Archive

Archive for January, 2008

Lest We Forget: Remembering 1/31/07

January 31st, 2008 No comments


Image at Boston University last night, via pt.
It was exactly a year ago today when the Aqua Teen Hunger Force marketing team from Catroon Network’s Adult Swim caused a panic in the streets of Boston (and later, a few other US cities) with their infamous LED “Mooninite Marauders”. The lit, bird-flipping signs were placed all over in high — yet viewable — spots, and were of course mistaken by police to be bombs or terrorist devices, causing panic and shutdown in many parts of the city (that link has complete coverage, plus video).
Today is the year anniversary, and as you can see by the above image from Flickr, people in Boston are re-creating the event in a wonderful pranky memorial. Early in the month, kits to make your own were being sold by Evil Mad Scientist Laboratories so this isn’t a total surprise, but it’ll be fun to see how tonight plays out.
Make Blog has this great post about how the “memorial” is unfolding today, and a terrific commemorative post that — you guessed it — has a lot of DIY in it.
Three Mooninite Marauders were found here last year in San Francisco; images of the now ultra-collectibles (and their adorable rescuers) are here, I’ve got video here, and we’ve got this great GETV episode, Holy Blinky Devices of Terror!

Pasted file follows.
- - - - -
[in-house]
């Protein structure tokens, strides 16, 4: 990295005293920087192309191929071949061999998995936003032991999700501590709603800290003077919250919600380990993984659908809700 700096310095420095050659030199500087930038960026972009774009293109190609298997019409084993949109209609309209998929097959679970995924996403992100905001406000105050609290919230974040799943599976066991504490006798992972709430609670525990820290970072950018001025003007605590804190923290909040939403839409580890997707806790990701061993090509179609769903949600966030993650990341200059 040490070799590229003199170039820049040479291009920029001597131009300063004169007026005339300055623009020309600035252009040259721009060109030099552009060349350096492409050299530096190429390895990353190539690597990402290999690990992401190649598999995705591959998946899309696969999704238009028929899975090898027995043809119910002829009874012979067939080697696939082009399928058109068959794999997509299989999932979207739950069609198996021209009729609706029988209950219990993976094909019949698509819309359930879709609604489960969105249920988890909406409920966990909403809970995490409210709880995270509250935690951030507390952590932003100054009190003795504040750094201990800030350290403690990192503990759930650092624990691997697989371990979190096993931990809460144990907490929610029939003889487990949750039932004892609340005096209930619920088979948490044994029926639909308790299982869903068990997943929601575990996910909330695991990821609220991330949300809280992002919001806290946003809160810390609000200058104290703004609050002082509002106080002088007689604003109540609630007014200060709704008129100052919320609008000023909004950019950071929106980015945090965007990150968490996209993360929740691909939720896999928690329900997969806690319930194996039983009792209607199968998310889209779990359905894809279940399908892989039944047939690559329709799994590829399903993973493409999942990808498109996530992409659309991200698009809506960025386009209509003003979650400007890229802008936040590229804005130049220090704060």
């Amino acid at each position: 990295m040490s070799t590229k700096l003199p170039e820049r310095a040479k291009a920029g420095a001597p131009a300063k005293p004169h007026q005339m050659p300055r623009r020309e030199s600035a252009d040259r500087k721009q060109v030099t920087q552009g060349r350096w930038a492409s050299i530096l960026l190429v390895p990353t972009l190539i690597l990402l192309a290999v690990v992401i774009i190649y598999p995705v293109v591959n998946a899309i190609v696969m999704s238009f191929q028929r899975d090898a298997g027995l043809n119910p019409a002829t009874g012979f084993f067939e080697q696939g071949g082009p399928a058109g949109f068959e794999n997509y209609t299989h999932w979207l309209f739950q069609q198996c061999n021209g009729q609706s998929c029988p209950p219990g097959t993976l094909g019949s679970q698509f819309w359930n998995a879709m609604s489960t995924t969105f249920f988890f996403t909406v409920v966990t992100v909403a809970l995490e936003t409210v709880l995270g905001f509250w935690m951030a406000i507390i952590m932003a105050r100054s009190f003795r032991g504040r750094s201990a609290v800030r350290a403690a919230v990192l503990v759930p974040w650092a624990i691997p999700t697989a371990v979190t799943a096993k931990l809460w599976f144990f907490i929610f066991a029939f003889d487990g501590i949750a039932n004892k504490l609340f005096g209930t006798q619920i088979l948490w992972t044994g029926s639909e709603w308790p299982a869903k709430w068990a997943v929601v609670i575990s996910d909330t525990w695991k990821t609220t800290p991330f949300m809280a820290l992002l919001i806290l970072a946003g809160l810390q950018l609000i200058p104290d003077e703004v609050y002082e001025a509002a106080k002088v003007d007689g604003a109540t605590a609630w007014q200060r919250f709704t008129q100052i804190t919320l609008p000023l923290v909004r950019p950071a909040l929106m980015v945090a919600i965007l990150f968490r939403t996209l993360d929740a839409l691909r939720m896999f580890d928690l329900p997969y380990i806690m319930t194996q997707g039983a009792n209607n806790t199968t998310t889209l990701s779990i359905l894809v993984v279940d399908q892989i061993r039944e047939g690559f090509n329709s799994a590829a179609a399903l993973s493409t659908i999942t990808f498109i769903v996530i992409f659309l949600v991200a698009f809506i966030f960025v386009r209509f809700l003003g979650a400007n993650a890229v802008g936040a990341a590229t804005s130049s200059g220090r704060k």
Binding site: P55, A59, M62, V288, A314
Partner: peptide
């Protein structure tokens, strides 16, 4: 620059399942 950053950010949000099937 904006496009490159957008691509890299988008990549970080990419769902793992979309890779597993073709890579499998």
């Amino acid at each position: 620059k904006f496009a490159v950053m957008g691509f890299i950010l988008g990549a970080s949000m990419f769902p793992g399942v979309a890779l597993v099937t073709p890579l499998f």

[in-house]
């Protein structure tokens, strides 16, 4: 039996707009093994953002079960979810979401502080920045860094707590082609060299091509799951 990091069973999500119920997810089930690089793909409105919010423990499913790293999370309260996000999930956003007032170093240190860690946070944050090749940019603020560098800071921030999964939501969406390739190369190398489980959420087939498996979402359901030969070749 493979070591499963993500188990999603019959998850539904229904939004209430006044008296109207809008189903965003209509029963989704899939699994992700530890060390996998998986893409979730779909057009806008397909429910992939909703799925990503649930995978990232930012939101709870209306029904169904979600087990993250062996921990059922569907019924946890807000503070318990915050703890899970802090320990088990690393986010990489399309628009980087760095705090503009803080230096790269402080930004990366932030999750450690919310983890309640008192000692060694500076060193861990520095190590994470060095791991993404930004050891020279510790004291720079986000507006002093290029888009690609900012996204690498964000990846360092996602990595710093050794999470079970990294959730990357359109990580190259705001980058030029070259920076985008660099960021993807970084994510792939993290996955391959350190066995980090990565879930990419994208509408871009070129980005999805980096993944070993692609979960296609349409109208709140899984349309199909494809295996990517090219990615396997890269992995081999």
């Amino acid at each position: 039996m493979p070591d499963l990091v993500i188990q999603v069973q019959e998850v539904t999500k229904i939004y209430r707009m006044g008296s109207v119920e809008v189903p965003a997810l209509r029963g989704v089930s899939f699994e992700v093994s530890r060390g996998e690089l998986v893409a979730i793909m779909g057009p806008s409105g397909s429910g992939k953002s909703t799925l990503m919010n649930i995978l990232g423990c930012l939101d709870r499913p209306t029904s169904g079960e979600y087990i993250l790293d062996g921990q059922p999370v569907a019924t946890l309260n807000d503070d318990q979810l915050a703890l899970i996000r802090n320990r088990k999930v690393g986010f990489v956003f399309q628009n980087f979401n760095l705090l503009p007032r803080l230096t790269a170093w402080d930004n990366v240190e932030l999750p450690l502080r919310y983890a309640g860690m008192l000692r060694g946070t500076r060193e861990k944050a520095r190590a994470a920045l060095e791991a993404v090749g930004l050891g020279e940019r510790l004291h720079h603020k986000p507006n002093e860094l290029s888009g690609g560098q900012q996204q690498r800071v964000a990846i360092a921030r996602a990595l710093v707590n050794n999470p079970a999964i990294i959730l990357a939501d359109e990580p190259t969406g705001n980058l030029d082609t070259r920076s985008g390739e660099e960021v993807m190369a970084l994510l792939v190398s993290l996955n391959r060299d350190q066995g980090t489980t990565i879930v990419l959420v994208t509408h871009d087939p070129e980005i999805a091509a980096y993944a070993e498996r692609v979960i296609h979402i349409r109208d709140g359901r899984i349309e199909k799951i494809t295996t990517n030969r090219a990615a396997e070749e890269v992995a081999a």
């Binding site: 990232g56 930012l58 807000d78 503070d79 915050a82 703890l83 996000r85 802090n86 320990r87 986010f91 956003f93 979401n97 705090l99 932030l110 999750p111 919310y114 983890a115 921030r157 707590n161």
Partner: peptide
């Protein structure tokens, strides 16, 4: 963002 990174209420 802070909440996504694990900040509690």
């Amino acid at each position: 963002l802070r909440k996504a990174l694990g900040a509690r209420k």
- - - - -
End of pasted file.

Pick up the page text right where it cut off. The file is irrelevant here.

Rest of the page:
A Gun and A Girl: A Girl and Her Gun (The Film)

January 30th, 2008 No comments


Director Cathryne Czubek is making a full-length feature documentary about girls and guns, specifically the significantly growing number of teen girls who love guns (and are damn good at using them). Embedded above is the short version of the doc from Current, which is still in progress — and OMG they have the prettiest guns! Rainbow grain rifles, shot wearing turquoise nail polish. I especially like the parts where they talk about how boys at school don’t take them seriously — and then they do. These young women clearly have no issues with equality or empowerment.
See also: A Girl and Her Gun (official site)

Wrong Number Generator

January 25th, 2008 No comments

wrongnumber.jpgFrom OhGizmo via the Museum of Hoaxes coms a link to my dream prank… the Wrong Number Generator.
The $89 box has modular plugs (damn… it’s been a while since I saw one of those things) and can be plugged in anywhere on the victim’s landline — like for instance, inside the wall so he or she will never find it. (Serves ‘em right for still using a landline!) It makes all calls from that phone line reach wrong numbers unless the mark dials 911, which always goes through. Replacing the telephone won’t do any good since the pranker has cleverly placed the thing inside the wall. Best of all, it allows one-quarter of the calls to go through correctly, encouraging victims to believe that they’ve gone totally insane.
At press time SpySite, sadly, is out of stock on this badboy. The evil muthas out there will have to satisfy themselves with the Disconnected Number Generator or Dead Ring Generator, both of which only affect incoming calls.
Link to Spysite.com.

100 Weirdest Amphibians List

January 21st, 2008 No comments

salamander.jpgNew Scientist has an article and awesome gallery about the 100 Weirdest Amphibians List, as designated by the Zoological Society of London. Ninety percent of the top 100 predate the dinosaurs – and therefore survived whatever killled the big reptiles.
The motiviation of the ZSL is to raise awareness of how endangered many of these creatures are; because they tend to absorb things through their skin, amphibians tend to be extra vulnerable to environmental poisons, and the ZSL says 85 of the top 100 weird amphibians have no conservation efforts directed at them.